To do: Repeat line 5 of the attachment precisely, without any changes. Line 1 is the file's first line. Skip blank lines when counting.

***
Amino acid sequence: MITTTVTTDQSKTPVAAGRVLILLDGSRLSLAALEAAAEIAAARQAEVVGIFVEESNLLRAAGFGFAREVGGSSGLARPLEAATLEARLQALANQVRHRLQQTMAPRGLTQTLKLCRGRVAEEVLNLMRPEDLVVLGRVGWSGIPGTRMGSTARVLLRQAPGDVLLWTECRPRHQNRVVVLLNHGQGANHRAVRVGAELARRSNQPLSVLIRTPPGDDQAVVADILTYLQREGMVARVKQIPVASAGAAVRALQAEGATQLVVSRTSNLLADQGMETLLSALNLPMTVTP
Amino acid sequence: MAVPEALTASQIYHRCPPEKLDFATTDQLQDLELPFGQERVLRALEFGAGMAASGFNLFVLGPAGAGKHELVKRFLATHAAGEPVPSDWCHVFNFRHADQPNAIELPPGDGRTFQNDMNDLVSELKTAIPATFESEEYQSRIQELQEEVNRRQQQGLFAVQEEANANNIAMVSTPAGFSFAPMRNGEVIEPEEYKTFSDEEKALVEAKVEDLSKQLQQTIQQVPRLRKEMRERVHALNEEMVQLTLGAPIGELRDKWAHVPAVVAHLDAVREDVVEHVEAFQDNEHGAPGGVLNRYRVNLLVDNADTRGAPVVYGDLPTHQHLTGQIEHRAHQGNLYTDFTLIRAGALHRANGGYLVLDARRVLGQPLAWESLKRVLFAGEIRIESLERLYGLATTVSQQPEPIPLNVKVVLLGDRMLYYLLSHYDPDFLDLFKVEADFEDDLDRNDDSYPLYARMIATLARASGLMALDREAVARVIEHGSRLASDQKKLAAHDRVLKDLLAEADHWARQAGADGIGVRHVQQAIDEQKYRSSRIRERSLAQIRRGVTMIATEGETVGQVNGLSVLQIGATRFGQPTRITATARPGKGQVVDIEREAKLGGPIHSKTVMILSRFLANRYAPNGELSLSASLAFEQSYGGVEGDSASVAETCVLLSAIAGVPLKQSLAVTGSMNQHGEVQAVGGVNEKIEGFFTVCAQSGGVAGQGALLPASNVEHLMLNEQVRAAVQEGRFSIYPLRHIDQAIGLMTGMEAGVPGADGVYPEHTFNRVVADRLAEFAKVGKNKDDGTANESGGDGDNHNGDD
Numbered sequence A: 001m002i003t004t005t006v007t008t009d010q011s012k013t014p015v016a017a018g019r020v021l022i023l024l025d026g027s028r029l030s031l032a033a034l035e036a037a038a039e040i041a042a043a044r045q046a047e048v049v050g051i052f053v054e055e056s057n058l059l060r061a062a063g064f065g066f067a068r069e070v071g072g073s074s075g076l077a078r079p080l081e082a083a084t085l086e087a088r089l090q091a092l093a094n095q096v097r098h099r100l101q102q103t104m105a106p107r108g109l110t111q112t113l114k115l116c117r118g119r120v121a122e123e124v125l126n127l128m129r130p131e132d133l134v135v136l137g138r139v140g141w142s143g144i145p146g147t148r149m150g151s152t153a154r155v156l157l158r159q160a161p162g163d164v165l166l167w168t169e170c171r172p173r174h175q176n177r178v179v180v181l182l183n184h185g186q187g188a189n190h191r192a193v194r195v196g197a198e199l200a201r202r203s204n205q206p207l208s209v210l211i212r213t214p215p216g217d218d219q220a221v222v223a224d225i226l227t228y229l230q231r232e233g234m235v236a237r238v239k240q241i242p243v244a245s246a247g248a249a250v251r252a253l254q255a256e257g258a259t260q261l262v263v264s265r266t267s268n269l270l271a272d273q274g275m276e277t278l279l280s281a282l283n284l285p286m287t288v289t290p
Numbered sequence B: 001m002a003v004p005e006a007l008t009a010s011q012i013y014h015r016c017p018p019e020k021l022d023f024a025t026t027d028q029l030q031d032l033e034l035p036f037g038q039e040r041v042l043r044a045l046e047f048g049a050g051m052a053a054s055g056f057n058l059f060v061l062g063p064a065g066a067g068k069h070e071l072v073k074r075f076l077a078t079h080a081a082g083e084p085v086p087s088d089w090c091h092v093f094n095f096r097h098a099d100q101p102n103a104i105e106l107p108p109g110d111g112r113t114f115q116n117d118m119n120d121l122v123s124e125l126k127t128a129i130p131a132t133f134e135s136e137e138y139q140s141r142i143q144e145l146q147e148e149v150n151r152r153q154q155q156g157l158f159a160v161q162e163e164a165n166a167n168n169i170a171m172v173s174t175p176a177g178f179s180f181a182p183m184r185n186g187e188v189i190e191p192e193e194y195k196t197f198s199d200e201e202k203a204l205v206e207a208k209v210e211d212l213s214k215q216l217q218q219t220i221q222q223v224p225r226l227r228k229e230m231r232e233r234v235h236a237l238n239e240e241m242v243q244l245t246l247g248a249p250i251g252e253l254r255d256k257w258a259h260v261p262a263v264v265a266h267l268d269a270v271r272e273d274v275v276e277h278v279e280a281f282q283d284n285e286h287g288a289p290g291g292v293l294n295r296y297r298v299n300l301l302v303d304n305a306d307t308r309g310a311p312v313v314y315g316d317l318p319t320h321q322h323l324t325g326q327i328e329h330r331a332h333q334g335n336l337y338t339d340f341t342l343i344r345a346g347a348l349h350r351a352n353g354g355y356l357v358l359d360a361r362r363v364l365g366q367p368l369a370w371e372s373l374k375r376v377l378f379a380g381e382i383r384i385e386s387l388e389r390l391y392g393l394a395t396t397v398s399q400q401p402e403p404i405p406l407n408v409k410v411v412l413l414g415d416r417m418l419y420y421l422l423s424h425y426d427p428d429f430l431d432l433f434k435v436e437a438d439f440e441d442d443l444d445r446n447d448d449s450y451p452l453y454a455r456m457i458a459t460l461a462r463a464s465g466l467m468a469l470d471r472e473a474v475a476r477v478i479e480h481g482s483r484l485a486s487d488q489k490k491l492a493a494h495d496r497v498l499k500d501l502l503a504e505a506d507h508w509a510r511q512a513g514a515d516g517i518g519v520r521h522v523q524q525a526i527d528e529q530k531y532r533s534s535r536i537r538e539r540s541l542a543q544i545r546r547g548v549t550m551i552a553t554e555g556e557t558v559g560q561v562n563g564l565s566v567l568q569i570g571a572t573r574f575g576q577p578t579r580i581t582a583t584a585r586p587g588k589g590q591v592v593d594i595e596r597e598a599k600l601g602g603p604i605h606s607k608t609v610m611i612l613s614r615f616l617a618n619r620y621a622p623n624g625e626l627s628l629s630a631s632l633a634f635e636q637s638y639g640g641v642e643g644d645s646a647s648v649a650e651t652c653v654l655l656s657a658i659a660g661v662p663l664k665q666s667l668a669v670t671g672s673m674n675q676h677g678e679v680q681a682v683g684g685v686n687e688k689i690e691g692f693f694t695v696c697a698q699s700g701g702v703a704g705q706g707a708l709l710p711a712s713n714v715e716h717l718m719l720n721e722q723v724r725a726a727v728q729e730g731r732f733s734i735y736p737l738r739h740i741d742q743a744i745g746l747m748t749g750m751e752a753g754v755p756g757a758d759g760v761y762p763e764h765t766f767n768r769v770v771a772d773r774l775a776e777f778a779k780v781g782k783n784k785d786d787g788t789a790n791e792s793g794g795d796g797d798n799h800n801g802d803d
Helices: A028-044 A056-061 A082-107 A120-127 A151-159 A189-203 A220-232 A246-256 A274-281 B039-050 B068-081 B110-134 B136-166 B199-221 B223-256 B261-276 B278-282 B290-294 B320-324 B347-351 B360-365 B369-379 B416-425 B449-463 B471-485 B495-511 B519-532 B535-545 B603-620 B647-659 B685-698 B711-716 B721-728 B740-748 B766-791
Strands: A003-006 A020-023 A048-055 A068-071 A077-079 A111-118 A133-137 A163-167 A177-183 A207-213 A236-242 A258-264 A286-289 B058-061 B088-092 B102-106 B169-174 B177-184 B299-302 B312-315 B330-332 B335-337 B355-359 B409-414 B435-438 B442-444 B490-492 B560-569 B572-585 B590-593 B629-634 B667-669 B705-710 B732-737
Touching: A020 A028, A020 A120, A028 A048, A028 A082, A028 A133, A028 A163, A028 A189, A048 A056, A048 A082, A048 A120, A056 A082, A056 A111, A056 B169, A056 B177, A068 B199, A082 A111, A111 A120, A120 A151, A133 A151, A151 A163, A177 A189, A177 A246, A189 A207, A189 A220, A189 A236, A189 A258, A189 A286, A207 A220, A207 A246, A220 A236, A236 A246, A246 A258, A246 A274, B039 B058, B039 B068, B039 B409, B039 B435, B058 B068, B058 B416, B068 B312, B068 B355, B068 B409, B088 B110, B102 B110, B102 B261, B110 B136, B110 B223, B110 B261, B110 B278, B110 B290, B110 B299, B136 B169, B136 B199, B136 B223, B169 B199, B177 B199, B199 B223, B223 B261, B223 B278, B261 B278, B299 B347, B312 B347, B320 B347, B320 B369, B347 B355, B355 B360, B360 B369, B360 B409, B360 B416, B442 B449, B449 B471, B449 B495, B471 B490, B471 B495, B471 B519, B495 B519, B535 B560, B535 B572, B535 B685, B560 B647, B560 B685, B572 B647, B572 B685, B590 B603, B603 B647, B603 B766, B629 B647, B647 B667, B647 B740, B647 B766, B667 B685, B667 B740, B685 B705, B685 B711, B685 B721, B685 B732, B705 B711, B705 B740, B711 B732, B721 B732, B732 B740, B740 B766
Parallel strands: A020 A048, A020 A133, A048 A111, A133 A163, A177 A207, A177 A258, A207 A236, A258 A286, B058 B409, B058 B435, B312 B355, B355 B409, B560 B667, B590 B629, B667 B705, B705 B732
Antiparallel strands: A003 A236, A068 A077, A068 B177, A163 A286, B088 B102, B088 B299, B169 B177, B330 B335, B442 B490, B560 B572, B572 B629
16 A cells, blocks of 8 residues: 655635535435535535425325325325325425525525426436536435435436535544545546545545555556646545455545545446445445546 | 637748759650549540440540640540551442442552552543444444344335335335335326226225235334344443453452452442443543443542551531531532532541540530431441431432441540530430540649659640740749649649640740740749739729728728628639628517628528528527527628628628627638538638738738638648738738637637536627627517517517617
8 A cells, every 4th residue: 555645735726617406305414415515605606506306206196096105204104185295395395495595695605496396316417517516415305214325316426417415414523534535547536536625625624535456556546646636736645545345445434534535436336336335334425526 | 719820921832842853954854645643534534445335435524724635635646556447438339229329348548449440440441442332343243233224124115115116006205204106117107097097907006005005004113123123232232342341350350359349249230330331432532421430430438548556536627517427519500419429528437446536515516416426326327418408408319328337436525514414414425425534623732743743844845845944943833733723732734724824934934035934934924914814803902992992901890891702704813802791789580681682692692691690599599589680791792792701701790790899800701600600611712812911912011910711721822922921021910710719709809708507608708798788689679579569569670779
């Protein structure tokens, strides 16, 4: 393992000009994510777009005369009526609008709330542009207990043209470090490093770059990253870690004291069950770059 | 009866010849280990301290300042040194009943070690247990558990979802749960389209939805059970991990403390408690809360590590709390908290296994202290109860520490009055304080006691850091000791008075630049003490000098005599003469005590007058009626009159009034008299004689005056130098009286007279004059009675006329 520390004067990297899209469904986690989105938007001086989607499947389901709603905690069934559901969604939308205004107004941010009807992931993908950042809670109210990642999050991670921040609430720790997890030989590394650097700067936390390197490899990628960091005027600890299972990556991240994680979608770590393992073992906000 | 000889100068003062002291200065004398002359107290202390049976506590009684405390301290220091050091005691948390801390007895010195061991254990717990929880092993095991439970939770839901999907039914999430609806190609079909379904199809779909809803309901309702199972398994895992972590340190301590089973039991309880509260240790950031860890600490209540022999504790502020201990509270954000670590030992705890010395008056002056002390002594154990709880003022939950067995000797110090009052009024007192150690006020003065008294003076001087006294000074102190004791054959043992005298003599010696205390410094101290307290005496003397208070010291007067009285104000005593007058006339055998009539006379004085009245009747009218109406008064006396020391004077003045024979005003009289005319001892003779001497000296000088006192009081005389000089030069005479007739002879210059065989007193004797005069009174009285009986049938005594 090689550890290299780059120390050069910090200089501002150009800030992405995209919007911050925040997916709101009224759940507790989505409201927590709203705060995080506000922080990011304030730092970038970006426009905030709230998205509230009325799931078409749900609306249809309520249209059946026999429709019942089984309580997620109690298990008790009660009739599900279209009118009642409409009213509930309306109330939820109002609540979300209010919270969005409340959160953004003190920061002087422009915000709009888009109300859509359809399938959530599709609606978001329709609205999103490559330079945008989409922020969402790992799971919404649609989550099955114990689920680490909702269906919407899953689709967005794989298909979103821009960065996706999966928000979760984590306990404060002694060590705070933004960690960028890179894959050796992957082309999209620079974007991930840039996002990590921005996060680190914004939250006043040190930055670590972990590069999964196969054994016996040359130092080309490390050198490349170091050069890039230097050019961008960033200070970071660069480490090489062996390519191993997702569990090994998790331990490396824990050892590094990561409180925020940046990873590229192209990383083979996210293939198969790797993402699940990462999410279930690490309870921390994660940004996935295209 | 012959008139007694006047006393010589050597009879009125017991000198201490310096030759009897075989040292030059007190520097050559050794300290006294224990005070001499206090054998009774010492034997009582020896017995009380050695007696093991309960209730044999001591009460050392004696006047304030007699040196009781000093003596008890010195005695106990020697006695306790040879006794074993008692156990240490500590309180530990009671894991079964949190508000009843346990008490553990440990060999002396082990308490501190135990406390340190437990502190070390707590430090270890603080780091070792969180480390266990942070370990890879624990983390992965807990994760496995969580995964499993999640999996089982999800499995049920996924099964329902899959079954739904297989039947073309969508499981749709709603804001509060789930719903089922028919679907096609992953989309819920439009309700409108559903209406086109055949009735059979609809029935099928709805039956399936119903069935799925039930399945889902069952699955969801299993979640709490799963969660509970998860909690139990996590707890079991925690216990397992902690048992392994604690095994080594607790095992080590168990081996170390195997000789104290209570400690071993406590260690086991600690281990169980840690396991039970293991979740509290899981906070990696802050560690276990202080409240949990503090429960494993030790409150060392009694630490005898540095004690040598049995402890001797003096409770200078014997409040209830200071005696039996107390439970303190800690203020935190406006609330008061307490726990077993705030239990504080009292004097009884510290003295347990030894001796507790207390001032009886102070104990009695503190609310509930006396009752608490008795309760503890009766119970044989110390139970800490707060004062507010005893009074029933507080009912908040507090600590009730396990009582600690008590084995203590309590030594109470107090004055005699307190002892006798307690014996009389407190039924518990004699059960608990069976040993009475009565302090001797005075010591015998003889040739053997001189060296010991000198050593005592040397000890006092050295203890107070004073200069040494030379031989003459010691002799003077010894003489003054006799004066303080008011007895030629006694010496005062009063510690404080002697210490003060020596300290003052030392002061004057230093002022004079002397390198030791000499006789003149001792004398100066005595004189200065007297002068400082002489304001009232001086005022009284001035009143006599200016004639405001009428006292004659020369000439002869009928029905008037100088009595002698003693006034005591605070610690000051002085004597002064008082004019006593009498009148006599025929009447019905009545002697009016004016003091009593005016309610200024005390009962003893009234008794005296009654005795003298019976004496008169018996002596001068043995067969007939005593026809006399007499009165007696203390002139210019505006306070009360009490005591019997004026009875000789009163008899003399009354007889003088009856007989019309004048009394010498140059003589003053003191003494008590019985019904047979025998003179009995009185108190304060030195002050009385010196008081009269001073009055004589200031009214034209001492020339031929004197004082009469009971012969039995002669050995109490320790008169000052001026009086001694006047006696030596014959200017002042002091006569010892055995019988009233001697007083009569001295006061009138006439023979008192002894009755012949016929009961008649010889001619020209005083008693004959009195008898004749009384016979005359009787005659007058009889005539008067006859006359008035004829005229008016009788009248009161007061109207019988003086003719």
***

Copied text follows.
Helices: A028-044 A056-061 A082-107 A120-127 A151-159 A189-203 A220-232 A246-256 A274-281 B039-050 B068-081 B110-134 B136-166 B199-221 B223-256 B261-276 B278-282 B290-294 B320-324 B347-351 B360-365 B369-379 B416-425 B449-463 B471-485 B495-511 B519-532 B535-545 B603-620 B647-659 B685-698 B711-716 B721-728 B740-748 B766-791